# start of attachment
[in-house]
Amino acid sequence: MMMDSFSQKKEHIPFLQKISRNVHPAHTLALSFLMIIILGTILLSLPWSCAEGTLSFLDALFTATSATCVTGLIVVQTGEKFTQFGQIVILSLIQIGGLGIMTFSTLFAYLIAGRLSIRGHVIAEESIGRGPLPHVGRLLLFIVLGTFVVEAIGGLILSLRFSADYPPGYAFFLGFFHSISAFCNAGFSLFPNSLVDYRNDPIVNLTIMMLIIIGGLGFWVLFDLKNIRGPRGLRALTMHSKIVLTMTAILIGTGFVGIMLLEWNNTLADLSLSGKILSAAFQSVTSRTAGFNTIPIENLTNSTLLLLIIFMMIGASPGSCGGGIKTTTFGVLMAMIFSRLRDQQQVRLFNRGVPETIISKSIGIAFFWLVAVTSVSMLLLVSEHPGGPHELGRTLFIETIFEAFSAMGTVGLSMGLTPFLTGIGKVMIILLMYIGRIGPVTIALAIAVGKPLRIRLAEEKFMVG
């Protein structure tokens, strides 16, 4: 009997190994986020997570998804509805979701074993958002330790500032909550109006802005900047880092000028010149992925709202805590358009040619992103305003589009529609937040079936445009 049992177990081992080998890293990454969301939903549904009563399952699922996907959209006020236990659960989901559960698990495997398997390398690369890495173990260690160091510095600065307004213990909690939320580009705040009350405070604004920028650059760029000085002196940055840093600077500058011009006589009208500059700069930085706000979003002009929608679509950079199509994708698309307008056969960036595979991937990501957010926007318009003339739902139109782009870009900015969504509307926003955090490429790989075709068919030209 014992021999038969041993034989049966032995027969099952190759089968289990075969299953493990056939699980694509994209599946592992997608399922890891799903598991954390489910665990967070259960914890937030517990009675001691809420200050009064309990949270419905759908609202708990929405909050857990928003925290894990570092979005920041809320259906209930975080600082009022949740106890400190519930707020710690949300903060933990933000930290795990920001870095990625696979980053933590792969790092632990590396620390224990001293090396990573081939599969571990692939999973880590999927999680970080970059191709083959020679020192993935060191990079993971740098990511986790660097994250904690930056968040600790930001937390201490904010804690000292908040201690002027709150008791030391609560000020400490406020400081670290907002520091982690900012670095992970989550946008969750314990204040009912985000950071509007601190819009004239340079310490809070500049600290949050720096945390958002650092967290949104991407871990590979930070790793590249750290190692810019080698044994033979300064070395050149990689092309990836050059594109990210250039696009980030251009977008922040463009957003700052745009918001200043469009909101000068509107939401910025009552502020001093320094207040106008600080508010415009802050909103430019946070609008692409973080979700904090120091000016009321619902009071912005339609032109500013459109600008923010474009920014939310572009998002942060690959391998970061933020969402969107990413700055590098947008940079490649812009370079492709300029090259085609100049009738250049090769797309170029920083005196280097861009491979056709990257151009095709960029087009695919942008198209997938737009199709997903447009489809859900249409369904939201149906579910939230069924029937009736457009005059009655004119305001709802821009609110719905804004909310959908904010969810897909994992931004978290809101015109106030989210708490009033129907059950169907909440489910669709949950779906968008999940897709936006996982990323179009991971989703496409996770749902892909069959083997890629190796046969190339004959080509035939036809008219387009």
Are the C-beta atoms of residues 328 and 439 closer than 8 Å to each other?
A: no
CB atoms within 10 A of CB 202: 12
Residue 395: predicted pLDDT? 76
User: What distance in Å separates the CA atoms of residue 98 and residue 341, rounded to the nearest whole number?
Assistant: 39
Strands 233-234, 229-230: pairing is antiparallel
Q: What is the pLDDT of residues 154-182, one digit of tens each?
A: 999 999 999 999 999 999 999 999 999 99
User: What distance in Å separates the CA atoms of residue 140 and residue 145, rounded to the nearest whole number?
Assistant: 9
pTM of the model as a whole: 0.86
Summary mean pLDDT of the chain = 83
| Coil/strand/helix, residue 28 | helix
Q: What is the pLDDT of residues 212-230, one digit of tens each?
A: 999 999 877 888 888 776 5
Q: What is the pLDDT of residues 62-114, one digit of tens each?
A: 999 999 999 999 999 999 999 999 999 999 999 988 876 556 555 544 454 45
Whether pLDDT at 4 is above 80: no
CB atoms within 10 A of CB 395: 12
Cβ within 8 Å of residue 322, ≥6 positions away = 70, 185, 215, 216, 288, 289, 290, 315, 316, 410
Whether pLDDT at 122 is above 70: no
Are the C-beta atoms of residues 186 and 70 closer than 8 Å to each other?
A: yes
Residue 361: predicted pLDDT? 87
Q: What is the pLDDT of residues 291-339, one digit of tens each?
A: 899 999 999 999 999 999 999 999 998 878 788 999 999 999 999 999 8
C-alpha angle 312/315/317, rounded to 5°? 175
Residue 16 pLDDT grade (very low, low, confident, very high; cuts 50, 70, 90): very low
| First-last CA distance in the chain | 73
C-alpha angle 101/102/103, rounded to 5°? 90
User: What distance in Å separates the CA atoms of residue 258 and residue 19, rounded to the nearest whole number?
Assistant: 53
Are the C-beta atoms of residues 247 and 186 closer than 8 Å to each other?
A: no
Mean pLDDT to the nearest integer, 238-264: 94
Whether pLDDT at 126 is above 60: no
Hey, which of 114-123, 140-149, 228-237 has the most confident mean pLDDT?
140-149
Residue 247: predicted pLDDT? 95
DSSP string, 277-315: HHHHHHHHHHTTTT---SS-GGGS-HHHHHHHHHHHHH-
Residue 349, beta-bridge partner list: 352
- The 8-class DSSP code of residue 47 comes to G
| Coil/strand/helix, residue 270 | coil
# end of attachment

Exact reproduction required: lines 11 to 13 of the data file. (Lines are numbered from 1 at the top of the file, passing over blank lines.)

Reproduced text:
Q: What is the pLDDT of residues 154-182, one digit of tens each?
A: 999 999 999 999 999 999 999 999 999 99
User: What distance in Å separates the CA atoms of residue 140 and residue 145, rounded to the nearest whole number?